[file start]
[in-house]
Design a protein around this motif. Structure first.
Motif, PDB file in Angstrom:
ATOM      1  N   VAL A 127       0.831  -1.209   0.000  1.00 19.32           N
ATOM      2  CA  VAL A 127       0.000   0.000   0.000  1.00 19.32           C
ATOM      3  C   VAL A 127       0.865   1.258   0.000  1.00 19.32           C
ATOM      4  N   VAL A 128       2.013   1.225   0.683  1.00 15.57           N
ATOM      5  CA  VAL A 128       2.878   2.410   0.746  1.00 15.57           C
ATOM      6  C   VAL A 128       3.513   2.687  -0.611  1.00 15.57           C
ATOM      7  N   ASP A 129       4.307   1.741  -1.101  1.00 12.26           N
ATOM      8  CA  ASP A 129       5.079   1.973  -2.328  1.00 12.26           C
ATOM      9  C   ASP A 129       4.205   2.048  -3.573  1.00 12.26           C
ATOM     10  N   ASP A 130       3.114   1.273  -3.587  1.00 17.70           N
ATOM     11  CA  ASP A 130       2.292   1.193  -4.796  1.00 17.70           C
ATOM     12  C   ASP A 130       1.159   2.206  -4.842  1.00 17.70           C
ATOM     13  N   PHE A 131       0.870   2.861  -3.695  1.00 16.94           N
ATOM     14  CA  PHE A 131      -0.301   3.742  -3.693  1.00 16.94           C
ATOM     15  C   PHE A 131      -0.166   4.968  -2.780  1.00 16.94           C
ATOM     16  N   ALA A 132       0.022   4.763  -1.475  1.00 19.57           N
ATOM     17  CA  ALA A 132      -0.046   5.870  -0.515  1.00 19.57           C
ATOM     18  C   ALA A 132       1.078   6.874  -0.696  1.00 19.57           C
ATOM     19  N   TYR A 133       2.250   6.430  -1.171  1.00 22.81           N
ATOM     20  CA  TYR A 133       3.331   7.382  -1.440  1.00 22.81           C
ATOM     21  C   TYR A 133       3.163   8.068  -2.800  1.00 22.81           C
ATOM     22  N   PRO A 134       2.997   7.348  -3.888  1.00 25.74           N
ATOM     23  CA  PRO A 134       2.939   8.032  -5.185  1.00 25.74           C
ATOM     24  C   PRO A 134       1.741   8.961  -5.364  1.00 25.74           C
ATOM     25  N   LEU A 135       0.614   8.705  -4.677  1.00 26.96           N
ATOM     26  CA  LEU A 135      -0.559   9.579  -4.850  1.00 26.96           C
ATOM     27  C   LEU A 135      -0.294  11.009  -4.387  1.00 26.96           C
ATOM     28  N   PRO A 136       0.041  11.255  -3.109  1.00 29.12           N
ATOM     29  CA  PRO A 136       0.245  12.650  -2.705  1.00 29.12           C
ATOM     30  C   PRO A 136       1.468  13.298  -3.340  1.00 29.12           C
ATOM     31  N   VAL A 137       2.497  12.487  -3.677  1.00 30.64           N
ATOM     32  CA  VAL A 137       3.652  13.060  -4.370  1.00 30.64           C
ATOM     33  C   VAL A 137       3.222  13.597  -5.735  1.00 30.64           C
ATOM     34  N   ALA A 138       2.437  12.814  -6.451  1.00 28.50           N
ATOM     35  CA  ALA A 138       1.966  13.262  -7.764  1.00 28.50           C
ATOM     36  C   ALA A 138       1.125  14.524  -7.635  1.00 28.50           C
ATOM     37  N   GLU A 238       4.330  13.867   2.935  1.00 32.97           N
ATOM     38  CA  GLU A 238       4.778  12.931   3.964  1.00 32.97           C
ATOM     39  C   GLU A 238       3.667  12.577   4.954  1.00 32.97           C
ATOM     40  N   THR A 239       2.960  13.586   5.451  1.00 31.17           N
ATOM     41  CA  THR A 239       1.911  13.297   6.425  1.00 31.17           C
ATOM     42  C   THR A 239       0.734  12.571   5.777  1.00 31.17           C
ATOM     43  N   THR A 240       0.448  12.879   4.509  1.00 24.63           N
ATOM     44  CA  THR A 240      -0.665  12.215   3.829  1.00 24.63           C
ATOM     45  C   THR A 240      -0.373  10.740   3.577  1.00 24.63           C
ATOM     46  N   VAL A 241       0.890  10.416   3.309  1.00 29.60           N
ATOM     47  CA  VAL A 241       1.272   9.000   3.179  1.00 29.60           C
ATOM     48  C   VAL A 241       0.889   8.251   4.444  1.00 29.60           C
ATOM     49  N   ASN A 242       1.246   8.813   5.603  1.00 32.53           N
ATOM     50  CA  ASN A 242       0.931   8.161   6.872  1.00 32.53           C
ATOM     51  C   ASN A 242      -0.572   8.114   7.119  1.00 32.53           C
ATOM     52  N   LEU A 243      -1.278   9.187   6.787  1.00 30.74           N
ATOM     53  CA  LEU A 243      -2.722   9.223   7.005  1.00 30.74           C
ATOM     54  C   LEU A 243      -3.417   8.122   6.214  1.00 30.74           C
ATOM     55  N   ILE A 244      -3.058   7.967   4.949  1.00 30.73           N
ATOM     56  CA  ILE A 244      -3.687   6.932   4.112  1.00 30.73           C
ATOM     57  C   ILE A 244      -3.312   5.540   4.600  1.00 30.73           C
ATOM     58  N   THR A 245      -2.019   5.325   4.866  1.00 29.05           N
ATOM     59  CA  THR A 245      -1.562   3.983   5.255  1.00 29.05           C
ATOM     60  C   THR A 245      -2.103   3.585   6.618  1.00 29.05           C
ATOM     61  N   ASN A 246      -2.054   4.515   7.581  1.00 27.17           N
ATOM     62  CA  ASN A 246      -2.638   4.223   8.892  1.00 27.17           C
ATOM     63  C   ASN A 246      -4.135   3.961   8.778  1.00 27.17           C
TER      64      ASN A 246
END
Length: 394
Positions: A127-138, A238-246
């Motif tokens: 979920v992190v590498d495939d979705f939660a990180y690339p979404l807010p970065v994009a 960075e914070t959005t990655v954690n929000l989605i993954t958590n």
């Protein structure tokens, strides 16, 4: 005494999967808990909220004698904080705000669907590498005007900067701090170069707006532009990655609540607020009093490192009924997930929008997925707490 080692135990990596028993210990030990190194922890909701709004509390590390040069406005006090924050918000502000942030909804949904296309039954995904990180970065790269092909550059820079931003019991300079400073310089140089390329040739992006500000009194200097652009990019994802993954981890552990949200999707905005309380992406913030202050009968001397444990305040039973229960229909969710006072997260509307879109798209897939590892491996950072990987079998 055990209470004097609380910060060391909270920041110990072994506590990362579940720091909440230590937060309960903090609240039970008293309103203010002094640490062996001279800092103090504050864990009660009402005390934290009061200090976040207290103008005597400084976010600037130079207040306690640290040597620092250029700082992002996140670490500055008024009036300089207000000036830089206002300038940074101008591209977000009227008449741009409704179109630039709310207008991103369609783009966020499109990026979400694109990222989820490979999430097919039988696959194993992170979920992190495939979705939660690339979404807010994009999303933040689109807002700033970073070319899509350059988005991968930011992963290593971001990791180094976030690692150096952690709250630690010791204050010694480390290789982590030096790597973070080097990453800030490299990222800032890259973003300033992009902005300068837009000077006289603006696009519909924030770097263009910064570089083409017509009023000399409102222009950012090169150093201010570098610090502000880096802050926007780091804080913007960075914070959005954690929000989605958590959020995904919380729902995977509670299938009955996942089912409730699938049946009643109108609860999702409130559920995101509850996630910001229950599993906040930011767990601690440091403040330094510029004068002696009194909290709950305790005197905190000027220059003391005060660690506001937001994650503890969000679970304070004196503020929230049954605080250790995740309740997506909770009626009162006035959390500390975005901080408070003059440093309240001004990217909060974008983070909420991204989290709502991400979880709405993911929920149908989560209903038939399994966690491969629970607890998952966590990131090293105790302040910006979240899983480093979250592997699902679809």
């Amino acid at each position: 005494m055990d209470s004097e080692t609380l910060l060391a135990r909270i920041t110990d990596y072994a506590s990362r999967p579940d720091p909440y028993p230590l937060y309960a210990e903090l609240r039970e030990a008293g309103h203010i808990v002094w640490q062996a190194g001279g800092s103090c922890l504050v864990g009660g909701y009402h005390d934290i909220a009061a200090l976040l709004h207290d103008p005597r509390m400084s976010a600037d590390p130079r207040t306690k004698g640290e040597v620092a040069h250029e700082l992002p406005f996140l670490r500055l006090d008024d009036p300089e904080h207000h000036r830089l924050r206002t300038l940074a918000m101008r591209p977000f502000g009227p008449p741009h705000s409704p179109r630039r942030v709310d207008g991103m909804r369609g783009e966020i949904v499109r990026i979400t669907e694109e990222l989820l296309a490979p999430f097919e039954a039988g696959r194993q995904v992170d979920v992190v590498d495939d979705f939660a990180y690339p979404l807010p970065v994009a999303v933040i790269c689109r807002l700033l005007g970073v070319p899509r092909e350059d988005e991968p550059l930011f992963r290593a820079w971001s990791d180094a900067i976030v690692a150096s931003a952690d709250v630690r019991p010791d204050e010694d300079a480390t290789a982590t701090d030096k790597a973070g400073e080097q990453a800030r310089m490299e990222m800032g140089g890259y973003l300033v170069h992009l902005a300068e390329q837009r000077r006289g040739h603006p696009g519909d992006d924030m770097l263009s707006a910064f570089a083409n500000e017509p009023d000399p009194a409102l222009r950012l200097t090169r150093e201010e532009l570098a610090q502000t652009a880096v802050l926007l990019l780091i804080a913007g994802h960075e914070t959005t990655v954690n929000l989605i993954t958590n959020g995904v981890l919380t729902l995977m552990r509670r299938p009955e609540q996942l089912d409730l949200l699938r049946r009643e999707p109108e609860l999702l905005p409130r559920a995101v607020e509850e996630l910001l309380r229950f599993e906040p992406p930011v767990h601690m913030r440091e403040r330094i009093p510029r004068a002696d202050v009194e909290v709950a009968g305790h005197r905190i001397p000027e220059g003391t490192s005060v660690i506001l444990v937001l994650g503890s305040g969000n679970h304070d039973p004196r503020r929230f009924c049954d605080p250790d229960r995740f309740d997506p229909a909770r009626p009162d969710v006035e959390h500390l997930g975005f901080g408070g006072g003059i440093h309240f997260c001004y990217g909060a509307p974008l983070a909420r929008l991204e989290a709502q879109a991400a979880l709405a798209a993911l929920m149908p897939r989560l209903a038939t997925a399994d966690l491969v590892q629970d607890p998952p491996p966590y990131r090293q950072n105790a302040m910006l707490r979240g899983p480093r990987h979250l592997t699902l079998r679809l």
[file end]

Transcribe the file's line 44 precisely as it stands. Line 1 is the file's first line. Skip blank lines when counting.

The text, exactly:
ATOM     41  CA  THR A 239       1.911  13.297   6.425  1.00 31.17           C